In 2002, the Department of Justice said Philippine Airlines is no longer exempt from payment of aeronautical fees to the Manila International Airport Authority (MIAA) and was sued for payment. In 2007, the Court of Appeals upheld a compromise deal between MIAA and PAL for the settlement of P2.93 billion in unpaid aeronautical fees to be paid in tranches for seven years. Until now this settlement deal has not been fully paid by PAL contrary to their earlier made commitments which got the ire of President Duterte.

The Transport Department also said that PAL wanted to use Terminal 3 all to themselves in 2005 prior to the move of Cebu Pacific and Air Philippines to use the terminal but the request was denied by MIAA because it had a pending ₱5.1- billion unpaid fees owed to the airport owner.

PAL Grows Cebu Hub More

Opens Bangkok and Beijing

 23 September 2017

Philippine Airlines will open Bangkok and Beijing from Mactan Cebu beginning December 2 for thrice a week flight on the A321-200 every Tuesday Thursday and Saturday, while Beijing will be added once a week starting November 4 and every Saturday thereafter with A320-200.

Growing Back Middle East
PAL also announced that it will be resuming the thrice weekly service between Manila and Abu Dhabi from October 31 as bi-class A330 becomes available to the airline. It will also introduce business class services and additional flights to Dammam.

PAL President Jaime J. Bautista said the flag carrier will provide a bi-class (business and economy) service across all its Middle East routes coupled with free internet and wireless IFE services to improve its product offer. Seven A330-300s will be deployed for this route.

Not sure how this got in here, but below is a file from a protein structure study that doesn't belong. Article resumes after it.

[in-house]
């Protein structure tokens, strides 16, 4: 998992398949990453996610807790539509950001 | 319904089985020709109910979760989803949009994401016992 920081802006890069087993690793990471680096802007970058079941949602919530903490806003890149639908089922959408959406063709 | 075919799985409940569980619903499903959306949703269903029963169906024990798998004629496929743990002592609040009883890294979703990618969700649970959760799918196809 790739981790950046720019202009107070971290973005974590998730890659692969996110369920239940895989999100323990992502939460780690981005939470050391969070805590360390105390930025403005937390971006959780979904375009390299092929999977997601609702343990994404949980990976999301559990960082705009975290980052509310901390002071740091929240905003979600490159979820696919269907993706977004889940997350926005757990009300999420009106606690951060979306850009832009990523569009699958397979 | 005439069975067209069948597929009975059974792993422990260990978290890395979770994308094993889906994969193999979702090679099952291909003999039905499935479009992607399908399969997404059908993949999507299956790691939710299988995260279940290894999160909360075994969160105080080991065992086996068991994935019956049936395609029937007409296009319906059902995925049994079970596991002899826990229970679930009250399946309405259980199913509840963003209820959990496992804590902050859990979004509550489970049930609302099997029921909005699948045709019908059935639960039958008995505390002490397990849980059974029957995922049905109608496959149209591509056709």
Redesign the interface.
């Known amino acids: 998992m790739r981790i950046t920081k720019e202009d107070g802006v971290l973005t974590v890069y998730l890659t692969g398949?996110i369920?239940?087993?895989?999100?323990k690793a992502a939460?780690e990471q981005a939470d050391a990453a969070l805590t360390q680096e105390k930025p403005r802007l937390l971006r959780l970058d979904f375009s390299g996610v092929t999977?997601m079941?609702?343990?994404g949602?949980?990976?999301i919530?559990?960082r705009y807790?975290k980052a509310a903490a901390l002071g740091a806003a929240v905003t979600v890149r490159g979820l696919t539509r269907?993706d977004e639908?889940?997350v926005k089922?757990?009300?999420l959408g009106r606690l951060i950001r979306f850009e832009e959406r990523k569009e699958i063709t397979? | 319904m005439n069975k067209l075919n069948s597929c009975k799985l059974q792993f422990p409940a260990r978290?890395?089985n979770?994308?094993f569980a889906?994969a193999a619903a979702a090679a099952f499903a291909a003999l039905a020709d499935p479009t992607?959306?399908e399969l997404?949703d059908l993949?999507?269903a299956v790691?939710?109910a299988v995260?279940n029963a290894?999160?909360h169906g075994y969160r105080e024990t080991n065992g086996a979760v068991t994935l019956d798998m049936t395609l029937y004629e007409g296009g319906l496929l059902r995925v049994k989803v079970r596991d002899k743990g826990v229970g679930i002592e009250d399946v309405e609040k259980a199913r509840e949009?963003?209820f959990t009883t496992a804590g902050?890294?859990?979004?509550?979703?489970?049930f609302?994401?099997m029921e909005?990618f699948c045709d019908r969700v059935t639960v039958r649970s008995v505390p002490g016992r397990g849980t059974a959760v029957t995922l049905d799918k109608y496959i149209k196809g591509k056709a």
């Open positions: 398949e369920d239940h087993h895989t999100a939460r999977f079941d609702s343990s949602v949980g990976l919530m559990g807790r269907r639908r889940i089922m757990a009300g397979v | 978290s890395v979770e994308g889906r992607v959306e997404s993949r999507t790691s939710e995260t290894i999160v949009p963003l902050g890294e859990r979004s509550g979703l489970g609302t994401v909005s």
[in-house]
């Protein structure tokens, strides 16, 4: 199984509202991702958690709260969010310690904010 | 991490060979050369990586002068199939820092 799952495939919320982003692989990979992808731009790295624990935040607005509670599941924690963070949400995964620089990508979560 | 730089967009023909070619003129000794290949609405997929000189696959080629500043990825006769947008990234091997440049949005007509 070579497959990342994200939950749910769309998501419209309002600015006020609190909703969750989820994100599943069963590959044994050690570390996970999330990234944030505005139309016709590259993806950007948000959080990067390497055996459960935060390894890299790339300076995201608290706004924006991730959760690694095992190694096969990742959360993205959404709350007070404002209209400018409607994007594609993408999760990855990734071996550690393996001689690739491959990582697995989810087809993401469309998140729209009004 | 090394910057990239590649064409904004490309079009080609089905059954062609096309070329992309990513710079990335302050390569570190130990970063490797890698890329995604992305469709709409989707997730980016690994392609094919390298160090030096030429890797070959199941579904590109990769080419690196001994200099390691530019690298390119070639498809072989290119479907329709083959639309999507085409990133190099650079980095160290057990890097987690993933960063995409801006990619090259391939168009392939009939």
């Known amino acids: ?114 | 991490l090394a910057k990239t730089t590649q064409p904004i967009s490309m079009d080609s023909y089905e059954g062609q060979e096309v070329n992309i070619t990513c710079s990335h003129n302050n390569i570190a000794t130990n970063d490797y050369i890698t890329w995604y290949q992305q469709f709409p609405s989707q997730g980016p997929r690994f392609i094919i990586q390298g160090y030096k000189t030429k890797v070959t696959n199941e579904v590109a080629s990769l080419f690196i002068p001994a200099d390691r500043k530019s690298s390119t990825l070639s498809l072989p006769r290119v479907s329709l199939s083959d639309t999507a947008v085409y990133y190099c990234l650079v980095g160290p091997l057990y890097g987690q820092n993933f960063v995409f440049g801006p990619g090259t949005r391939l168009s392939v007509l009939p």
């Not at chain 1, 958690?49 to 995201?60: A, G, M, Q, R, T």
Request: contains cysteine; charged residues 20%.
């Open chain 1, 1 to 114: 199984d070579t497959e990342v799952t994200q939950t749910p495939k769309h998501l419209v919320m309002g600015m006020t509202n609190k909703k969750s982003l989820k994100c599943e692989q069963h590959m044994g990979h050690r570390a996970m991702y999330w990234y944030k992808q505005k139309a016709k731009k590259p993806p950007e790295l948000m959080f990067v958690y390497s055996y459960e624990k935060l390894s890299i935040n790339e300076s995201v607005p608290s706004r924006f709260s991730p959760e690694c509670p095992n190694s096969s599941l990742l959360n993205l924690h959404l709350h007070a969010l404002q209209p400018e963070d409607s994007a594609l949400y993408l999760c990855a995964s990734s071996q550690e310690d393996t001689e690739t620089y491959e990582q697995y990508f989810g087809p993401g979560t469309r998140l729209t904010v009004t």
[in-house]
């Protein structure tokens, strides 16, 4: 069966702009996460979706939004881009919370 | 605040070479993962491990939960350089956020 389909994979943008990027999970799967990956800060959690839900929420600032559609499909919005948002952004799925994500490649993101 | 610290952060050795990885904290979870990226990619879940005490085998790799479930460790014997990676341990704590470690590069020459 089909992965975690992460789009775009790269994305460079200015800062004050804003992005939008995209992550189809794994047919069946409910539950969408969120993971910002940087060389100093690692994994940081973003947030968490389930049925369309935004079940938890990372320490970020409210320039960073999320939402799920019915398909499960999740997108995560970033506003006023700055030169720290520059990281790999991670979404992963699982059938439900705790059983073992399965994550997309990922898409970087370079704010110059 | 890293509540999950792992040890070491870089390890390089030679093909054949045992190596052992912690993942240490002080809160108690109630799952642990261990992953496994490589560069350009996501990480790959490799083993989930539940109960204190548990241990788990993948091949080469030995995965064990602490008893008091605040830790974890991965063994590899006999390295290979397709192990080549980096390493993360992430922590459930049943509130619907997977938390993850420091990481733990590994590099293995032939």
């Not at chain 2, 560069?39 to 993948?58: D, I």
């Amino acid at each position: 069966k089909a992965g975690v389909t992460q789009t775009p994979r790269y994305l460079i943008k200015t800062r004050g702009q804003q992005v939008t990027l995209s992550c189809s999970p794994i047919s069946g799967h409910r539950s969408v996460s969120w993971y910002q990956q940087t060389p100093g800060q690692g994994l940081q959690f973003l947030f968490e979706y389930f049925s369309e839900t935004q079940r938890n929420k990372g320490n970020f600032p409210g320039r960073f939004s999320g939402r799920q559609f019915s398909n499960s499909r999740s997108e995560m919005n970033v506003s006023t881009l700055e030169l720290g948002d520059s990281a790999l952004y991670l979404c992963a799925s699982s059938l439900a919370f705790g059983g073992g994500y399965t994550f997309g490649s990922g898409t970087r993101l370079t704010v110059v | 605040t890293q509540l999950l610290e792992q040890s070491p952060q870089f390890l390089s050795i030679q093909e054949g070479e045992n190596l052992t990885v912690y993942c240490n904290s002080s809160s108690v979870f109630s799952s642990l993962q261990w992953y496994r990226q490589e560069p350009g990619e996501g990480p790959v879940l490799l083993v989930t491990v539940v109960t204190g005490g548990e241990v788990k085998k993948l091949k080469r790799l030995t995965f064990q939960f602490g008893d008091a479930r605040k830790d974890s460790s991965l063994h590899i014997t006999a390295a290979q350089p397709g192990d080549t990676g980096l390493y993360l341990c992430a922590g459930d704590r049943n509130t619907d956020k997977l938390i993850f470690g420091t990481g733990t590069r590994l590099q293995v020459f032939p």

The airline currently operates 30 flights per week to the Middle East flying daily for Dubai and Riyadh as well as five times weekly flights to Dammam, four weekly flights to Kuwait, and Doha, and thrice weekly flights to Jeddah.

PAL said it will be operating 33 weekly nonstop flights to seven destinations in the Middle East by December 1.

PR 8114, Anyone?

23 September 2017

PAL Flies Puerto Rico

There is no such flight number for the flag carrier. But on September 18, 2017 Philippine Airlines (PAL) went to Luis Muñoz Marín International Airport in Puerto Rico from Manila with technical stop at San Francisco international airport loaded with relief goods and supplies for the Filipino victims of hurricane Irma. 

The technical stop was also made for the Emergency Response Team from the Philippine Embassy in San Francisco together with airline personnel to board the plane heading to Puerto Rico to help facilitate repatriation of Overseas Filipino Workers (OFWs) working in the Caribbean islands chain who would be traveling back to the Philippines on the chartered PAL aircraft.

The A340-300 plane was no stranger to San Juan, its capital, as it regularly flew with Iberia to Madrid before it began another life in the far east. On Monday it visited the place again as PAL flight PR8114 (RP-C4338) chartered by the Philippine government for repatriation of some 200 OFWs working in the British Virgin Islands and Netherlands Antilles.

However, only 90 Filipinos were able to board PAL flight PR8115 on Tuesday as the airline were directed to depart early.